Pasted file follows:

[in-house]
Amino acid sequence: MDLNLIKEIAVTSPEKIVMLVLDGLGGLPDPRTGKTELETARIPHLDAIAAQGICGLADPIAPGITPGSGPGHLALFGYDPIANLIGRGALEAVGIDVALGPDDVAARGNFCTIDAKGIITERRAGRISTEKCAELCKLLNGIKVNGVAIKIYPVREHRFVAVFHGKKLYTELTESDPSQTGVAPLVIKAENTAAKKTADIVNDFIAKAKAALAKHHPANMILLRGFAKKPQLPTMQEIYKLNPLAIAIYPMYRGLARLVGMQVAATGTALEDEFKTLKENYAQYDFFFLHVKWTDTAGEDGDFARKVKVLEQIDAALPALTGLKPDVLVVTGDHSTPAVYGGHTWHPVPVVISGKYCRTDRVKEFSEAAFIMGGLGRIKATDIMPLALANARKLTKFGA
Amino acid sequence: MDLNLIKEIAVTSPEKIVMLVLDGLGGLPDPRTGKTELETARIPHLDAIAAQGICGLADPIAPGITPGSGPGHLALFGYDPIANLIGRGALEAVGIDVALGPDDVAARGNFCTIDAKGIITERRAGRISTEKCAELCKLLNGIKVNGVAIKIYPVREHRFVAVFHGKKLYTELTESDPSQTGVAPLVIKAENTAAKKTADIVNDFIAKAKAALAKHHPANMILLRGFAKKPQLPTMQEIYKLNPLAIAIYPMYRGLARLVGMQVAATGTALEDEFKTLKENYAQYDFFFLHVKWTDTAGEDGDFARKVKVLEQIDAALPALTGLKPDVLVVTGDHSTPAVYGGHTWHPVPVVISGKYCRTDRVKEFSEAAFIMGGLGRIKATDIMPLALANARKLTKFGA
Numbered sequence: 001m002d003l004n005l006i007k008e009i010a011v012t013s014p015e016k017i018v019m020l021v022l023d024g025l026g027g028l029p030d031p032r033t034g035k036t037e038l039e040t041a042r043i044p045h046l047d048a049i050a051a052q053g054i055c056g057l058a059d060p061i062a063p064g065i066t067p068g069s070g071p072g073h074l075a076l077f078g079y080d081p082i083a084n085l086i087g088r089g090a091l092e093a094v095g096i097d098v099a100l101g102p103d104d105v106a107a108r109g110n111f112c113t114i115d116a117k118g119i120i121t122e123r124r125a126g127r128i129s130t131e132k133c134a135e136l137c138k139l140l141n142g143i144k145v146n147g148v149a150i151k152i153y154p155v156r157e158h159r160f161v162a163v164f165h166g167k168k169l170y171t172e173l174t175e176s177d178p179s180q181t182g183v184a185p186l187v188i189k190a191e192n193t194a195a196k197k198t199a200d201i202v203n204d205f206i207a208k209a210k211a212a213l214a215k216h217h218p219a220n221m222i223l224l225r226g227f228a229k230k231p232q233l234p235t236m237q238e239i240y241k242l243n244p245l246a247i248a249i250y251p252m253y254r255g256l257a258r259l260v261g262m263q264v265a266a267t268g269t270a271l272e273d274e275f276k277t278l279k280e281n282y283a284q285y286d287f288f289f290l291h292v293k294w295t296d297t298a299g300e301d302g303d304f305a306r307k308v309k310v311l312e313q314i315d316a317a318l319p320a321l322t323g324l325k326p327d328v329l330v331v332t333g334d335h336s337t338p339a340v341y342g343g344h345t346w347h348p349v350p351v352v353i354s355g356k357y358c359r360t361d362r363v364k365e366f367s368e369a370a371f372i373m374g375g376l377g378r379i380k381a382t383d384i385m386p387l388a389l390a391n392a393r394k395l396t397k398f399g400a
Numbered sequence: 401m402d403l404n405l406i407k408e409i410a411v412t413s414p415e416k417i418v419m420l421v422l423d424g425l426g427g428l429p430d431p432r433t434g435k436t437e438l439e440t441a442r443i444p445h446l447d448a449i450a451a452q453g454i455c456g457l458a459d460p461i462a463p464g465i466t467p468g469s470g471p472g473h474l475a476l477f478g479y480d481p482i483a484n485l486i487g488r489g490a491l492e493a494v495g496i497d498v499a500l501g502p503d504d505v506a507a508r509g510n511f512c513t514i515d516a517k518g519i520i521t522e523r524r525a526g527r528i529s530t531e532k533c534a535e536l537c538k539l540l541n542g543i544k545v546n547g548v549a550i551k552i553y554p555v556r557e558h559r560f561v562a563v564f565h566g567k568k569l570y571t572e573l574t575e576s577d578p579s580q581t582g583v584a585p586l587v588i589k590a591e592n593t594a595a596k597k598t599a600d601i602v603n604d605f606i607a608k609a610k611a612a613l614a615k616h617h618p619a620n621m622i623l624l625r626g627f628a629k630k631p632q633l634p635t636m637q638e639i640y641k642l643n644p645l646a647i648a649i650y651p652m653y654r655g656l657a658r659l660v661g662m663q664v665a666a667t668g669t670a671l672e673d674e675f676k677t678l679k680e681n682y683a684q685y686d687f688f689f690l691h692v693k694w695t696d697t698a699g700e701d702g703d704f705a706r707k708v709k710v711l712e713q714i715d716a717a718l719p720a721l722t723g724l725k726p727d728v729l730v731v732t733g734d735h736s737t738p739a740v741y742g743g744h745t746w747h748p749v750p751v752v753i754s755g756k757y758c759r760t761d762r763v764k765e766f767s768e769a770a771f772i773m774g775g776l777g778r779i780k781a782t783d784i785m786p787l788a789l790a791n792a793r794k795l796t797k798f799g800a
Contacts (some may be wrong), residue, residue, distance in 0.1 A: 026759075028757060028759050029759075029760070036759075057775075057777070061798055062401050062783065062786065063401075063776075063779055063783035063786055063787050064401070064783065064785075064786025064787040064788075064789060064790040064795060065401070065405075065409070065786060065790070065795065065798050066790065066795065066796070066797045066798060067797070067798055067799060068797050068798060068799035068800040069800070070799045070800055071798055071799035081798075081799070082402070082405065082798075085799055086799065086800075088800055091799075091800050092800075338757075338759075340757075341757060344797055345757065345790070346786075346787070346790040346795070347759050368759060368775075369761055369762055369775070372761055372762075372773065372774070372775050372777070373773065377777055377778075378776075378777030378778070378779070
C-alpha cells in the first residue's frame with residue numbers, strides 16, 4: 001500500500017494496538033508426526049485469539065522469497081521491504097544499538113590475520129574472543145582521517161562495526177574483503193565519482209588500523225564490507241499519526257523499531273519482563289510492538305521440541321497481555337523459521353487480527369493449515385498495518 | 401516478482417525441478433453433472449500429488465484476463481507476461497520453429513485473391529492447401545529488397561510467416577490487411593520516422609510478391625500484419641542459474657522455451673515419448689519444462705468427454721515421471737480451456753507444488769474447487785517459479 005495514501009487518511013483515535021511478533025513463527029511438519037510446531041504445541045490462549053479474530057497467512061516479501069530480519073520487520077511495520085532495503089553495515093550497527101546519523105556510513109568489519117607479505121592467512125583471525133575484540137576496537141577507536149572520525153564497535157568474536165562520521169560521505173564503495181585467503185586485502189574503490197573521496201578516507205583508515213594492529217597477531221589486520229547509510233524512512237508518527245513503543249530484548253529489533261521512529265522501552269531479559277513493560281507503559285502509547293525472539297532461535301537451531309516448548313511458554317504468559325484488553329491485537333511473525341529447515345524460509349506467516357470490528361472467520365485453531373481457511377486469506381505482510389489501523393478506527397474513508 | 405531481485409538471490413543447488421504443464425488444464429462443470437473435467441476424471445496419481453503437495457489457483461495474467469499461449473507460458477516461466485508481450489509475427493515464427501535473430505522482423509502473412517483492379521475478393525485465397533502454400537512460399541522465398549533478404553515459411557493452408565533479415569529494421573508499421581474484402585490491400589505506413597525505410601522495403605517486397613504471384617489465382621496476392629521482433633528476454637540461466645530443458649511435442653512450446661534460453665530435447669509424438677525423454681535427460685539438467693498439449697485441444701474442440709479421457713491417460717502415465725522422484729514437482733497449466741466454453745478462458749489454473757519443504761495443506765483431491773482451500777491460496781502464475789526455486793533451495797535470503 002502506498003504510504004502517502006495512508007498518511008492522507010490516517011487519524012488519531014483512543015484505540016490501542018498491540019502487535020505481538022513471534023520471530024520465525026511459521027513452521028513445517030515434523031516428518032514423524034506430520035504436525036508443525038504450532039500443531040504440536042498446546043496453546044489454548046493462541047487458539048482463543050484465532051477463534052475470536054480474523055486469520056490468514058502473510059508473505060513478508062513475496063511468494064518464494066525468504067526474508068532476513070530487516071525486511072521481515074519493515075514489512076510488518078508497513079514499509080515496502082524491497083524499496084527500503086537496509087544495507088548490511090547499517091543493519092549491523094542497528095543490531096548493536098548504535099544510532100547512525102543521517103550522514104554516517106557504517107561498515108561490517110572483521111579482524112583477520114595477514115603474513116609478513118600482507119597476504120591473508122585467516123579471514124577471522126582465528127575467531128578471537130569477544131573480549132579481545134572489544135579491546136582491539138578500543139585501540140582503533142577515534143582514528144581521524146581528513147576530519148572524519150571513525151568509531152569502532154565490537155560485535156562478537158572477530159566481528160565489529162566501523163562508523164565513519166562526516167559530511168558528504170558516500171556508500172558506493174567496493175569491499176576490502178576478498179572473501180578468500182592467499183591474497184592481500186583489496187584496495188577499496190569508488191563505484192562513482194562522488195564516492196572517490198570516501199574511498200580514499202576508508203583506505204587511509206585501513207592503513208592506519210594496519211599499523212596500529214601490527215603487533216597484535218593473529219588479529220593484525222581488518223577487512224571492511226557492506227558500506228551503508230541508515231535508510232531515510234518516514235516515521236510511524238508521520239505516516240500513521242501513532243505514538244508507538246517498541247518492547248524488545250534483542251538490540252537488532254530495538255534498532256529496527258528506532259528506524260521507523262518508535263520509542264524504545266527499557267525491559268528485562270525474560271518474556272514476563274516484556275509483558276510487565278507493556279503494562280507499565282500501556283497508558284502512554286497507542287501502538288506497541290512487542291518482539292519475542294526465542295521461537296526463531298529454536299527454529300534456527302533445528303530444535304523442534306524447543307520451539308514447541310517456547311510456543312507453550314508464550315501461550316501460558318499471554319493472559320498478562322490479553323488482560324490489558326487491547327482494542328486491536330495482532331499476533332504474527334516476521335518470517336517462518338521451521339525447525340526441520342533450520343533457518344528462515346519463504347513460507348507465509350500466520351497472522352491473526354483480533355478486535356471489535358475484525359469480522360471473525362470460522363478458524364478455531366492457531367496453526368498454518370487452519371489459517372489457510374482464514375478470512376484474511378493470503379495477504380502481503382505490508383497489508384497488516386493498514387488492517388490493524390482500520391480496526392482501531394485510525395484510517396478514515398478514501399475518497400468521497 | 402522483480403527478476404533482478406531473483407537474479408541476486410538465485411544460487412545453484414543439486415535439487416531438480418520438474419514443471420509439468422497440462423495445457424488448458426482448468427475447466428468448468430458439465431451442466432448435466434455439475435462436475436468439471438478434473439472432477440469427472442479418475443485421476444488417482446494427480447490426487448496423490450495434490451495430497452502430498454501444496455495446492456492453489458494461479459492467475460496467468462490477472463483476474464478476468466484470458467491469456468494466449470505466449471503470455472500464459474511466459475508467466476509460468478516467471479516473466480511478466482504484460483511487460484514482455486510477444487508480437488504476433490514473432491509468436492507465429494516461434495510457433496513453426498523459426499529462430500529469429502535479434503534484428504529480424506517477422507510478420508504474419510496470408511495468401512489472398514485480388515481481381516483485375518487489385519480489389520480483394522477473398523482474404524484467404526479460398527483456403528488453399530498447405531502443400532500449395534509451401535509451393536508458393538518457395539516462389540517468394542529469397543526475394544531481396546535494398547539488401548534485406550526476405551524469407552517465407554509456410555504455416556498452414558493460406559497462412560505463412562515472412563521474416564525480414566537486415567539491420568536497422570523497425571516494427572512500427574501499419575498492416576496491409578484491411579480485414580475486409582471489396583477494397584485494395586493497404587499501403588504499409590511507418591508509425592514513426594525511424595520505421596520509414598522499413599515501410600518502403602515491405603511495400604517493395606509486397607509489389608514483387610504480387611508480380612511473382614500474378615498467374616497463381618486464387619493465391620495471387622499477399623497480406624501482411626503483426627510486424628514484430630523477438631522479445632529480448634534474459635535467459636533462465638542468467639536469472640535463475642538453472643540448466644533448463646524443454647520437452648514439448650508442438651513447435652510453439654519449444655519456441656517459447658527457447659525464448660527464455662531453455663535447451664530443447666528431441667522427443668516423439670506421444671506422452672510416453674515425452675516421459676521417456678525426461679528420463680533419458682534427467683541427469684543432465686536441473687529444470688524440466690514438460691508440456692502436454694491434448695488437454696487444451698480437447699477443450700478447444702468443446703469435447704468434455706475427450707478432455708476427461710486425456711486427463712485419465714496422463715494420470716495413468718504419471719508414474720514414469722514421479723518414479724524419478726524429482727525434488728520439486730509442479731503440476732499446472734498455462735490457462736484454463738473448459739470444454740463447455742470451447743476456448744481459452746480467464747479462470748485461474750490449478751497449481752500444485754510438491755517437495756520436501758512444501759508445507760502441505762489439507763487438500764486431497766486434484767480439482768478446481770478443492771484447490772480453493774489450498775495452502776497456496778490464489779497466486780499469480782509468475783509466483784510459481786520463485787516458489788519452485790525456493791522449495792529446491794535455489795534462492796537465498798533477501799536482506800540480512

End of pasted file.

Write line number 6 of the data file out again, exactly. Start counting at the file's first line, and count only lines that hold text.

Contacts (some may be wrong), residue, residue, distance in 0.1 A: 026759075028757060028759050029759075029760070036759075057775075057777070061798055062401050062783065062786065063401075063776075063779055063783035063786055063787050064401070064783065064785075064786025064787040064788075064789060064790040064795060065401070065405075065409070065786060065790070065795065065798050066790065066795065066796070066797045066798060067797070067798055067799060068797050068798060068799035068800040069800070070799045070800055071798055071799035081798075081799070082402070082405065082798075085799055086799065086800075088800055091799075091800050092800075338757075338759075340757075341757060344797055345757065345790070346786075346787070346790040346795070347759050368759060368775075369761055369762055369775070372761055372762075372773065372774070372775050372777070373773065377777055377778075378776075378777030378778070378779070